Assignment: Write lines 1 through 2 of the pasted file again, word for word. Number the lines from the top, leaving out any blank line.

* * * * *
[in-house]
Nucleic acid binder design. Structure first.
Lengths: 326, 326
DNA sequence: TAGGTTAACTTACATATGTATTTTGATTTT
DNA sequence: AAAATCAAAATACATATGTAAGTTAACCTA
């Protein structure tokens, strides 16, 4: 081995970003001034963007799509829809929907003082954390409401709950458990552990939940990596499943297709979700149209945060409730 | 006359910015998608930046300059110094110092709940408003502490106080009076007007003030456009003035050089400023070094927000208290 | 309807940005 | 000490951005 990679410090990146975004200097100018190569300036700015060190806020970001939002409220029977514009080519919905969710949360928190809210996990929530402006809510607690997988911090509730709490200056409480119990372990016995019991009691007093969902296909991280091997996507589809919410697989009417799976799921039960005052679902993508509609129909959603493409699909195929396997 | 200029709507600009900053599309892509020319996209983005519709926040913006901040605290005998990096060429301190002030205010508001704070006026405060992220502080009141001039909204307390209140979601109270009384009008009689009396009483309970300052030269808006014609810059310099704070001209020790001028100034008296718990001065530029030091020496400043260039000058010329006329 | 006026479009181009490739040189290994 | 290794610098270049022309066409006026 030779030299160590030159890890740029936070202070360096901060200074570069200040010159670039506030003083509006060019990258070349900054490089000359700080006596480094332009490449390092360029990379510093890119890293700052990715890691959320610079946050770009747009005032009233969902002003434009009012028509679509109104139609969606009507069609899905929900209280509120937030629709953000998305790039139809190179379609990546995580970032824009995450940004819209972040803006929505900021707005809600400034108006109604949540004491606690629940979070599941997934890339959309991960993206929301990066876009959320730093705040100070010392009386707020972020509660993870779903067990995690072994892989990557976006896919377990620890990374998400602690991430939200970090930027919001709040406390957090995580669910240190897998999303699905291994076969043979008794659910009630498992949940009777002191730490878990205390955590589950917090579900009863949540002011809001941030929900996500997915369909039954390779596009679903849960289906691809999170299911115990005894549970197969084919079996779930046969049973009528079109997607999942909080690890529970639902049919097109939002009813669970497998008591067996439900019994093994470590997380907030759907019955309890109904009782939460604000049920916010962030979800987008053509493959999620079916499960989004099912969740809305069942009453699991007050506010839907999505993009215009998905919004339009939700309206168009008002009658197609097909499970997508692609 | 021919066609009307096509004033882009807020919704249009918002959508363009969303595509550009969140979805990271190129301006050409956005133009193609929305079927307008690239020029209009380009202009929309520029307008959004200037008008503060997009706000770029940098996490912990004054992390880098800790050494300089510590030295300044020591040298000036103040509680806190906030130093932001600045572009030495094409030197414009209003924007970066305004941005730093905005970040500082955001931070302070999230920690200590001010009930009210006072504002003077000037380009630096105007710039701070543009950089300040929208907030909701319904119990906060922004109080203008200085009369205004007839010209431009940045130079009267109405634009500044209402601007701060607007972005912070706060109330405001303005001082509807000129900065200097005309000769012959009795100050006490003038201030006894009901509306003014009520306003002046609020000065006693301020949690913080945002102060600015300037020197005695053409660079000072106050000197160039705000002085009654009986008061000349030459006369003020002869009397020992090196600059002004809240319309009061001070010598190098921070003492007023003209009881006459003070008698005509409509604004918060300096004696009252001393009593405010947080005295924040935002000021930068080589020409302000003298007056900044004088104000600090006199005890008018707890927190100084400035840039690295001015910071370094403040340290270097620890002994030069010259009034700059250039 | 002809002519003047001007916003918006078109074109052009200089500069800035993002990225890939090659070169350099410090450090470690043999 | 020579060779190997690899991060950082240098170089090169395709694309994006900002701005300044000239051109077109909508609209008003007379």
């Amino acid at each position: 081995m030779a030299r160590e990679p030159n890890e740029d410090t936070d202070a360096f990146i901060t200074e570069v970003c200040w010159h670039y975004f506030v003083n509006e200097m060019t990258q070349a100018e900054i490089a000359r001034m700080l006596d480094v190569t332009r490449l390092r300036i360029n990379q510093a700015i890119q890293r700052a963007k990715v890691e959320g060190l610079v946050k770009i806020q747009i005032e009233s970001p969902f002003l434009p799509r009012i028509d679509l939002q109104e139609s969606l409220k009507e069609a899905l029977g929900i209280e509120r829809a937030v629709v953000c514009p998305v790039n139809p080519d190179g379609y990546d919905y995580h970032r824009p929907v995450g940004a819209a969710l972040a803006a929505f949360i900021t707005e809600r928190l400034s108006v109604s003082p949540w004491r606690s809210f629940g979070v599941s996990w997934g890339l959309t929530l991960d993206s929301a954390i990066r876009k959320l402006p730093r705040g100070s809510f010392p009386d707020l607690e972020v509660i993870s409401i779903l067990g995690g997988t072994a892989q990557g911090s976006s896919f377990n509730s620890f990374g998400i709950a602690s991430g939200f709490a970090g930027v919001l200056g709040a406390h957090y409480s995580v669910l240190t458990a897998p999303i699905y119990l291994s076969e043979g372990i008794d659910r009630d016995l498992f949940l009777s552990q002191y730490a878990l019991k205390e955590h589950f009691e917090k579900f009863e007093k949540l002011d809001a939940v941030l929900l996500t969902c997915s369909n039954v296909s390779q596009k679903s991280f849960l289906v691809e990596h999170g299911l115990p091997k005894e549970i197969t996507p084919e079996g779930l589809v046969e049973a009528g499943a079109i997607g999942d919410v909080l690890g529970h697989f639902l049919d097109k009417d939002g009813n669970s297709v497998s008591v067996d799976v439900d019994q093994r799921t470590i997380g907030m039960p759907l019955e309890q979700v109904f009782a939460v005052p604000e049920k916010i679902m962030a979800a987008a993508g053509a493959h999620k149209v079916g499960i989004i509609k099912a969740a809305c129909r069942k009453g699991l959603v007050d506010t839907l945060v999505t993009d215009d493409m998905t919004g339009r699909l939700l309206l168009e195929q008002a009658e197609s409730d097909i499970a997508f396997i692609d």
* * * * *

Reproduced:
[in-house]
Nucleic acid binder design. Structure first.